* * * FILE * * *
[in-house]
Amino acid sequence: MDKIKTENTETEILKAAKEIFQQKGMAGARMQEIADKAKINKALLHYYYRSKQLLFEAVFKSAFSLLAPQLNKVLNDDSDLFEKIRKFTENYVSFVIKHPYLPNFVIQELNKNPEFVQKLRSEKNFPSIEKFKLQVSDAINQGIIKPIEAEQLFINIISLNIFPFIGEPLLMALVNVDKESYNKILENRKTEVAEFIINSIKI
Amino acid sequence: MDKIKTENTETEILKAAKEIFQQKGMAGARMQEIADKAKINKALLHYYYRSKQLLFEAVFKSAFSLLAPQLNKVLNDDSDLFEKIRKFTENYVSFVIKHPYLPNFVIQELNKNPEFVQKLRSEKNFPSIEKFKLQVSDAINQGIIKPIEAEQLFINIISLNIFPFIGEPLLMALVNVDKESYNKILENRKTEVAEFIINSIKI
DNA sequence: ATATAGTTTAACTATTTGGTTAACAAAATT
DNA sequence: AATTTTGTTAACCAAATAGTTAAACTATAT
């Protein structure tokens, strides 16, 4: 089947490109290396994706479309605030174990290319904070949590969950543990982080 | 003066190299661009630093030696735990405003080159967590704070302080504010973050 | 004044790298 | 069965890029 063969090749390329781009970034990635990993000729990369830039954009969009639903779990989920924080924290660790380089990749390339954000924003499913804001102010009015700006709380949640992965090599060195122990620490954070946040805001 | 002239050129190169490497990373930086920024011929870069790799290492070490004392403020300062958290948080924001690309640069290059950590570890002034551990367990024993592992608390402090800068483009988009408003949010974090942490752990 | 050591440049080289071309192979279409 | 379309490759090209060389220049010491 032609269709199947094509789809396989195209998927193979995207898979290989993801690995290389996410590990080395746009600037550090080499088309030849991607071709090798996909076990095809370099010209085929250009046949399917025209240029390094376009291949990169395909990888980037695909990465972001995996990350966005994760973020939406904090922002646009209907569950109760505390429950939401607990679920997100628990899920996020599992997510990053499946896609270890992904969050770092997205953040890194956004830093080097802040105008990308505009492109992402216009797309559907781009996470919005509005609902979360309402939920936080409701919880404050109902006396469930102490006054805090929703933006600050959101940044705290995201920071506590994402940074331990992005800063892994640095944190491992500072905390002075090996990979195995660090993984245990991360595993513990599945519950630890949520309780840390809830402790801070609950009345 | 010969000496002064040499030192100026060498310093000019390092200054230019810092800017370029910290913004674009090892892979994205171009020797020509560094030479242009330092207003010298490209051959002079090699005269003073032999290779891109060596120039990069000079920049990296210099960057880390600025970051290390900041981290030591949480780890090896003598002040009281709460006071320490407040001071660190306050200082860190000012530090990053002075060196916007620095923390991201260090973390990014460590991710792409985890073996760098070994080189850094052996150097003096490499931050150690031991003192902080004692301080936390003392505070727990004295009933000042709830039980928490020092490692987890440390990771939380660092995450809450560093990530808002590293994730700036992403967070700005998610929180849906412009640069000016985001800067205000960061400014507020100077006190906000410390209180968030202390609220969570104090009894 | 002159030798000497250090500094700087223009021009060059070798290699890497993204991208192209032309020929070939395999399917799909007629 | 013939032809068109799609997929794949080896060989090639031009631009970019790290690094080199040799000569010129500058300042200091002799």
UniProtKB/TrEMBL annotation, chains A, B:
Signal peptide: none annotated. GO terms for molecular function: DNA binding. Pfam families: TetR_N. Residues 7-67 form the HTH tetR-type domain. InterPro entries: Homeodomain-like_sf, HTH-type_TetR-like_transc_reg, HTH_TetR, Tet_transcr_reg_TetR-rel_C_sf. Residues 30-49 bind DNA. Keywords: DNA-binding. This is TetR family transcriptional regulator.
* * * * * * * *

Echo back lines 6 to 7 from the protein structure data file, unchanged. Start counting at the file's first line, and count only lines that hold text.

């Protein structure tokens, strides 16, 4: 089947490109290396994706479309605030174990290319904070949590969950543990982080 | 003066190299661009630093030696735990405003080159967590704070302080504010973050 | 004044790298 | 069965890029 063969090749390329781009970034990635990993000729990369830039954009969009639903779990989920924080924290660790380089990749390339954000924003499913804001102010009015700006709380949640992965090599060195122990620490954070946040805001 | 002239050129190169490497990373930086920024011929870069790799290492070490004392403020300062958290948080924001690309640069290059950590570890002034551990367990024993592992608390402090800068483009988009408003949010974090942490752990 | 050591440049080289071309192979279409 | 379309490759090209060389220049010491 032609269709199947094509789809396989195209998927193979995207898979290989993801690995290389996410590990080395746009600037550090080499088309030849991607071709090798996909076990095809370099010209085929250009046949399917025209240029390094376009291949990169395909990888980037695909990465972001995996990350966005994760973020939406904090922002646009209907569950109760505390429950939401607990679920997100628990899920996020599992997510990053499946896609270890992904969050770092997205953040890194956004830093080097802040105008990308505009492109992402216009797309559907781009996470919005509005609902979360309402939920936080409701919880404050109902006396469930102490006054805090929703933006600050959101940044705290995201920071506590994402940074331990992005800063892994640095944190491992500072905390002075090996990979195995660090993984245990991360595993513990599945519950630890949520309780840390809830402790801070609950009345 | 010969000496002064040499030192100026060498310093000019390092200054230019810092800017370029910290913004674009090892892979994205171009020797020509560094030479242009330092207003010298490209051959002079090699005269003073032999290779891109060596120039990069000079920049990296210099960057880390600025970051290390900041981290030591949480780890090896003598002040009281709460006071320490407040001071660190306050200082860190000012530090990053002075060196916007620095923390991201260090973390990014460590991710792409985890073996760098070994080189850094052996150097003096490499931050150690031991003192902080004692301080936390003392505070727990004295009933000042709830039980928490020092490692987890440390990771939380660092995450809450560093990530808002590293994730700036992403967070700005998610929180849906412009640069000016985001800067205000960061400014507020100077006190906000410390209180968030202390609220969570104090009894 | 002159030798000497250090500094700087223009021009060059070798290699890497993204991208192209032309020929070939395999399917799909007629 | 013939032809068109799609997929794949080896060989090639031009631009970019790290690094080199040799000569010129500058300042200091002799």
UniProtKB/TrEMBL annotation, chains A, B: